MTN Group's operations in Iran had been documented in the U.S. and foreign news media. For instance, in November 2005, Reuters reported that MTN and Irancell had won a license from the Iranian government to run the cellular service there. A May 2008 New York Times articlequoted financial analysts suggesting that a proposed merger between MTN Group and another company could face obstacles from U.S. regulators because of MTN's business in Iran. An August 2009 article in the Los Angeles Times said Irancell had warned customers about "technical" problems during days of expected unrest; the article identified MTN as a co-owner of the cellular operator.
The big clue that this is something serious can be found in the White House's pathetic response:
The White House on Sunday hinged its response in part on the activities of a prominent watchdog group, United Against Nuclear Iran. White House officials noted that the group did not start a public campaign against MTN Group until this year. "Seems like if MTN was a notable public problem in 2010, they might have started their campaign then," the White House said in an e-mail to The Post.
Mark Wallace, the chief executive of United Against Nuclear Iran, said Sunday: "MTN was a charter member of UANI's target list - the Iran Business Registry - launched in 2009. We hope Mr. Plouffe will use his considerable influence to urge President Obama to enact a full economic blockade of Iran so that companies like MTN will no longer be able to operate there."
The best they can come up with is a false claim that some private group did not raise a stink.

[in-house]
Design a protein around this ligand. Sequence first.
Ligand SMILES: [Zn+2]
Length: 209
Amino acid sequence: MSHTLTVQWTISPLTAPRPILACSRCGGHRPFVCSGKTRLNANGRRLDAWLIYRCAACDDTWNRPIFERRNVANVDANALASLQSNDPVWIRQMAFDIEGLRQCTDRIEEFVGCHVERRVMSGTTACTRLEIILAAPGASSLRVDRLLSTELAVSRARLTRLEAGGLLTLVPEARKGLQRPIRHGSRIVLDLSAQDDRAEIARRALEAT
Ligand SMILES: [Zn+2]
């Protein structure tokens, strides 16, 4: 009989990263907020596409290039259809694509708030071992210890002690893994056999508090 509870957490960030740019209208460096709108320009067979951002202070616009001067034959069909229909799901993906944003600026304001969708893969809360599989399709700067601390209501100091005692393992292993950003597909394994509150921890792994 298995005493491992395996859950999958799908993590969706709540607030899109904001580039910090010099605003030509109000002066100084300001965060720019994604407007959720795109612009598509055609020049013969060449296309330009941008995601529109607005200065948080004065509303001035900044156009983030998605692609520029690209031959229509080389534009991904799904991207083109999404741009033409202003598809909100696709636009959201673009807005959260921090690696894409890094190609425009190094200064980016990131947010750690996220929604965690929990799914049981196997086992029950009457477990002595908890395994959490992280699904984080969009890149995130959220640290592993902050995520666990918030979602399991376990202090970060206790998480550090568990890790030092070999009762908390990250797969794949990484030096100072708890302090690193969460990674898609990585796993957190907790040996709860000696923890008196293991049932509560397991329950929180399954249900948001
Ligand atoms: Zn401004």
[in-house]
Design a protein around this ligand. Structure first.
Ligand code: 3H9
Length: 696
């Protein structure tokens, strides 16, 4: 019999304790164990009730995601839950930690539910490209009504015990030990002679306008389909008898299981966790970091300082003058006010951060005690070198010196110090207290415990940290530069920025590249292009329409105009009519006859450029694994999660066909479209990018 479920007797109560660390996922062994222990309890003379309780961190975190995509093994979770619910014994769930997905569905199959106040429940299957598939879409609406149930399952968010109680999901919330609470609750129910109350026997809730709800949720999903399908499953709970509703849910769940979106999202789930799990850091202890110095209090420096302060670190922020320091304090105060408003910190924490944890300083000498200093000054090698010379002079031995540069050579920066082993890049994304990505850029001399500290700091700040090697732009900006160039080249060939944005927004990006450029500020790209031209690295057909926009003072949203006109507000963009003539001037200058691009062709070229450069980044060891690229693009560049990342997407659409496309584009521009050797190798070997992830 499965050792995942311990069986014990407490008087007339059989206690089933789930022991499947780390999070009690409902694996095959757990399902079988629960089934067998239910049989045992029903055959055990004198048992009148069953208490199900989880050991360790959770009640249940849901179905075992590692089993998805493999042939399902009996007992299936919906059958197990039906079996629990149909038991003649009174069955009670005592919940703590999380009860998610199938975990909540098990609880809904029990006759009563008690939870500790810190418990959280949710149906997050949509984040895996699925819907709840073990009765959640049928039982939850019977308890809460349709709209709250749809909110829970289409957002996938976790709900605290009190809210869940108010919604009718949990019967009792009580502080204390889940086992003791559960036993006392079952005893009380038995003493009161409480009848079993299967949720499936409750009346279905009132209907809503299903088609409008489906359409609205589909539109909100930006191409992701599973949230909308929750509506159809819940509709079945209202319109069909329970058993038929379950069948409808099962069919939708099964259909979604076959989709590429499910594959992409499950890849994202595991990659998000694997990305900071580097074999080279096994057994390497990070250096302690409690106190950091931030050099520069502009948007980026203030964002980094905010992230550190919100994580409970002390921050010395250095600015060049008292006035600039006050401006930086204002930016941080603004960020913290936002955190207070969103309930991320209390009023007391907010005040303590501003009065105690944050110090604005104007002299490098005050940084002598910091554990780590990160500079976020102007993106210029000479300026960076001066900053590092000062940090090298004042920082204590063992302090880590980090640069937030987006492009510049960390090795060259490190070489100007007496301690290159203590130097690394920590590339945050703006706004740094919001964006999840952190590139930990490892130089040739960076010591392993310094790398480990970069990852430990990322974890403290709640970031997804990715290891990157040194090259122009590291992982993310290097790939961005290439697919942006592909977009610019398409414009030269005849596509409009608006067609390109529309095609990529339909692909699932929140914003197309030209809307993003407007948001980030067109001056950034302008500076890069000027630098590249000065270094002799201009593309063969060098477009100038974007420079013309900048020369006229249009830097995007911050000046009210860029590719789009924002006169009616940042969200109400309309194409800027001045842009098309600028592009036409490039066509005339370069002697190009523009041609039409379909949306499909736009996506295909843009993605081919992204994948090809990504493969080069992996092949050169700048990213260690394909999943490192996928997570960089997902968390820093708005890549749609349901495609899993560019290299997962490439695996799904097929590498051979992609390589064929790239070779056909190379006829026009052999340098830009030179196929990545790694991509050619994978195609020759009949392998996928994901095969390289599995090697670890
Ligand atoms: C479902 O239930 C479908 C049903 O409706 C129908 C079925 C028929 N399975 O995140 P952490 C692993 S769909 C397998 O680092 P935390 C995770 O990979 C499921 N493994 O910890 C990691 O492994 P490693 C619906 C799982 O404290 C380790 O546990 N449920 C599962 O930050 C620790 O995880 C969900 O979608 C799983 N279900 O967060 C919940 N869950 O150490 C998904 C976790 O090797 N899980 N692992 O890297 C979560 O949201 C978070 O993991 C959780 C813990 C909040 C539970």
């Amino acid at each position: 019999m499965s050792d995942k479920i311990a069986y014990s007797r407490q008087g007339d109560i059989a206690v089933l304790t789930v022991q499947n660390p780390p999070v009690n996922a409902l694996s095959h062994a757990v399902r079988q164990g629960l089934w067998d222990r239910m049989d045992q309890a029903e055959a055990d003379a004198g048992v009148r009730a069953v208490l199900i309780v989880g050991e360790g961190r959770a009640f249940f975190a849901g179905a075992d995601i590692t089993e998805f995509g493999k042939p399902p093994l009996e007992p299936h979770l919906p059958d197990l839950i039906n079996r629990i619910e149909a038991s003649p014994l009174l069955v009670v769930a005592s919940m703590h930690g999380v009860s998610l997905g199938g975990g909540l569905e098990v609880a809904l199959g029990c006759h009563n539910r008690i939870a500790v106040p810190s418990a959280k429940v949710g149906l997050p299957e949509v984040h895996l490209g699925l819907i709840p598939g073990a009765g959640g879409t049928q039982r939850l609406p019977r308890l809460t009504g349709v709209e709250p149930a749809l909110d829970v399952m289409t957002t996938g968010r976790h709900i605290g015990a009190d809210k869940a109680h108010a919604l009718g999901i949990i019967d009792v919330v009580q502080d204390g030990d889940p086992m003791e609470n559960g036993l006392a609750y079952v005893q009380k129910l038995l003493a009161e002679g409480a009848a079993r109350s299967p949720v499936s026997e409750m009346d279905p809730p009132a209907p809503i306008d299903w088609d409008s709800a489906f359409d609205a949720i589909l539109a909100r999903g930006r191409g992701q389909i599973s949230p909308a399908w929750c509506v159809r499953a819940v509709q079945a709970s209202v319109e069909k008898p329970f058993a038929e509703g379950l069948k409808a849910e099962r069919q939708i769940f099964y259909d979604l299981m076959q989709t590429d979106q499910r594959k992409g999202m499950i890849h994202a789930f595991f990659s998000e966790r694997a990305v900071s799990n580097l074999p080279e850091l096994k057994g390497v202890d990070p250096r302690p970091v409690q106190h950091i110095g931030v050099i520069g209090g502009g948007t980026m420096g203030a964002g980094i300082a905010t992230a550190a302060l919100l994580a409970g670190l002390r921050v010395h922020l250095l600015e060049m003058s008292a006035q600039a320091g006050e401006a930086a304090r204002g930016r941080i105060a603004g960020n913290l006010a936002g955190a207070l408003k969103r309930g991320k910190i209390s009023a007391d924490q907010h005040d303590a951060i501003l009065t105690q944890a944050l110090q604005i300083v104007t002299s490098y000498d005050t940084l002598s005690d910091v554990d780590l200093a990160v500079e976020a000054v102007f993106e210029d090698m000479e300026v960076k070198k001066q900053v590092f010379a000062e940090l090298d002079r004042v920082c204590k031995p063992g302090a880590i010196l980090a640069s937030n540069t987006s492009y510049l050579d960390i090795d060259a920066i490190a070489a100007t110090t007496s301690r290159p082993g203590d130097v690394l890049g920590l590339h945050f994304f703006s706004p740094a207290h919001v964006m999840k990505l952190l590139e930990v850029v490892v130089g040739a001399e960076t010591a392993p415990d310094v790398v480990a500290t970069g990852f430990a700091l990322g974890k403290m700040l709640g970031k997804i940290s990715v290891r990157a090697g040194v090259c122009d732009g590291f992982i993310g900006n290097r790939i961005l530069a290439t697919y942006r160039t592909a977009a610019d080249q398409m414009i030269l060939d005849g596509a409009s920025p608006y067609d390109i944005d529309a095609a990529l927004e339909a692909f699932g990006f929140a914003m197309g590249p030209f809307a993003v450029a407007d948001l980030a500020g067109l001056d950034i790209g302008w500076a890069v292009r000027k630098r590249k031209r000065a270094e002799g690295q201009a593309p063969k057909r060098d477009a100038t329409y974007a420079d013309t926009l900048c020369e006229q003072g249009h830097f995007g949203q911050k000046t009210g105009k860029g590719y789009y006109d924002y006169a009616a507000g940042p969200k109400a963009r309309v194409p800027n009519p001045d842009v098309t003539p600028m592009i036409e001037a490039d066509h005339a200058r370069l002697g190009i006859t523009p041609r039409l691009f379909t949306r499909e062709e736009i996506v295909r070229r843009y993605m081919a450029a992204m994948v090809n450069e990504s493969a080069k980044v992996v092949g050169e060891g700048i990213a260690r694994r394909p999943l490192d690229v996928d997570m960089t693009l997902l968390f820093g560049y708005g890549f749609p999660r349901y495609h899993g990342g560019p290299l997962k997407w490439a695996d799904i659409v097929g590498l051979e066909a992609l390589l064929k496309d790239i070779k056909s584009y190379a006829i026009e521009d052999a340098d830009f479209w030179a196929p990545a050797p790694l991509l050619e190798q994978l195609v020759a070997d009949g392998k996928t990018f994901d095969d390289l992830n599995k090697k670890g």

The hard fact is that Obama and the people aroudn him have cashed in on their political positions bigtime. When Barack and Michelle wanted to buy a mansion in Hyde Park that they could not afford, in stepped Tony Rezko (now a convicted felon serving time) to buy the yard (in a separate transaction for a big price), enabling thre Obamas to buy a big mansion on a spacious lot for hundreds of thousands of dollars less than the original asking price. Only when a public stink was raised was a fence constructed to separate the house from the yard itself, now called a "vacant lot." At the time of the purchase, it was a manicured side lawn of a majestic recently-renovated mansion.
The Chicago Gang around Obama has not hesitated to cash in. If the Romney campaign is doing its homework, there are other scandals yet to be uncovered regarding the Obama inner circle getting suspiciously rich while ostensibly devoting themselves to "public service."
One great virtue of Mitt Romney is that he doesn't have to politically prostitute himself for cash. He made his money by building businesses like Staples. I am old enough to remember when JFK ran for president, and Democrats assured the public that the fact that his father was rich meant that Kennedy could afford to be honest. That is an argument that could be made for Mitt in spades, because his fortune was not based on bootlegging and securities fraud, the way the Kennedy fortune was made.